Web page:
Requirements include two statistics courses (PSYC 210a and PSYC 210b), a research methods course (PSYC 211a), the Proseminar in Brain, Body, and Behavior (PSYC 300a or 302a), and a minimum of 7 graduate-level seminars that are not independent readings or research courses. Only those 100-level courses that have been approved by the psychology program will count as advanced, graduate-level courses. Students should select seminars from the approved list in consultation with their advisor. Graduate-level course selection will not be restricted to the psychology program but will be arranged by the student in consultation with the faculty advisor. For all students, one of the advanced course selections must be a third statistics course or advanced methods course chosen in consultation with the faculty advisor. For brain, body and behavior students, two of the courses must be selected in consultation with the faculty advisor to satisfy a biomedical breadth requirement.
In addition to the required seminars, all students are required to register and attend PSYC 316a every semester they are in residence, and encouraged to continue attending thereafter. All students must enroll in a non-credit course on ethics (CONT 300) during the first year and, for students on NIH fellowships, again in the 5th year. Also, students must register for an independent research course each semester in years 1-3, using the course number assigned to their primary advisor. In the first semester of year 2, students should also register for an independent research course using the course number assigned to their lab rotation advisor, and in the second semester they should register for PSYC 250a for their NRSA proposal preparation. In years 4-5, students conducting dissertation research must register for PSYC 400d, after their dissertation proposal has been accepted. Course requirements broken down by semester are shown in the Graduate Program Checklist, which can be found on our Forms for Current Students page.
All graduate students must demonstrate breadth in the field of psychology. This breadth requirement is fulfilled by demonstrating competence in at least six of the nine areas listed below. The requirements may be satisfied in any of three ways:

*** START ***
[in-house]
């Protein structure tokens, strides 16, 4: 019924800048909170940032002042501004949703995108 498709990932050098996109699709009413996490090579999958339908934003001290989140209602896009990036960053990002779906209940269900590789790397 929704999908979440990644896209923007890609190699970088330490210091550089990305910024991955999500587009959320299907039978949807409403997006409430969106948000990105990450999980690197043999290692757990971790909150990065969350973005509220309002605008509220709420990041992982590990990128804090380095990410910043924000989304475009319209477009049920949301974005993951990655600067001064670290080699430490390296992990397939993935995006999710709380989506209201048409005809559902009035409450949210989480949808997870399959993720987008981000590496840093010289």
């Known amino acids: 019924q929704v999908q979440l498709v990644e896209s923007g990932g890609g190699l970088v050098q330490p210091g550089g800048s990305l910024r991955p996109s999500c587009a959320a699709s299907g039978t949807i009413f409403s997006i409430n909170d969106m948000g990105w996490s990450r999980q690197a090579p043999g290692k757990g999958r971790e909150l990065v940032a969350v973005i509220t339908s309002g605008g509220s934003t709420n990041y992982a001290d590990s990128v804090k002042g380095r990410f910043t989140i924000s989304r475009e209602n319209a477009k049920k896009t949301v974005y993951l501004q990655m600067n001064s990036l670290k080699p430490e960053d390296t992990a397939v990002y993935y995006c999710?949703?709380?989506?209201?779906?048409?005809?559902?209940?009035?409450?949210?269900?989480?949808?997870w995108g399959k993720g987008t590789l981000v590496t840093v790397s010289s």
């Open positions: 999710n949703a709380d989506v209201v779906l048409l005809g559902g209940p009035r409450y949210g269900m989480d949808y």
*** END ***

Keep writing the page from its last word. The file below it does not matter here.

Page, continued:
- By having completed an undergraduate or graduate course in that area,
- By completing an undergraduate or graduate course offered in that area at Brandeis,
- By successfully passing the equivalent of any undergraduate final examination for that course.
Of the six courses, a minimum of two should be taken from areas in Group A and a minimum of two from Group B.
- Physiological/Sensory Processes
- Cognitive Science/Linguistics
Brain, Body and Behavior students have an additional requirement of 2 courses from a group of biomedical seminars. For more information, please see the Breadth Requirement Form.
All students must complete the Breadth Requirement From before submitting their dissertation proposal, usually in the third year. The form can be found on the Psychology Department’s Forms for Current Students page.
As an integral part of the graduate training program, all students are normally required to serve as teaching fellows six times according to the following schedule:
- Once during the second semester of year 1
- Once during both semesters of years 2 and 3
- Once during year 4.
The TF requirement may be reduced for students appointed to qualifying research training grants, with the schedule depending on the period of appointment. All teaching fellows work closely with course instructors and receive guidance in all aspects of course preparation, teaching, and grading. Through exposure to different professors' styles, varied course formats, and presentations on teaching skills throughout their graduate training, teaching fellows come away with a wide range of experiences, providing them with invaluable preparation for academic positions.
There is no foreign language requirement.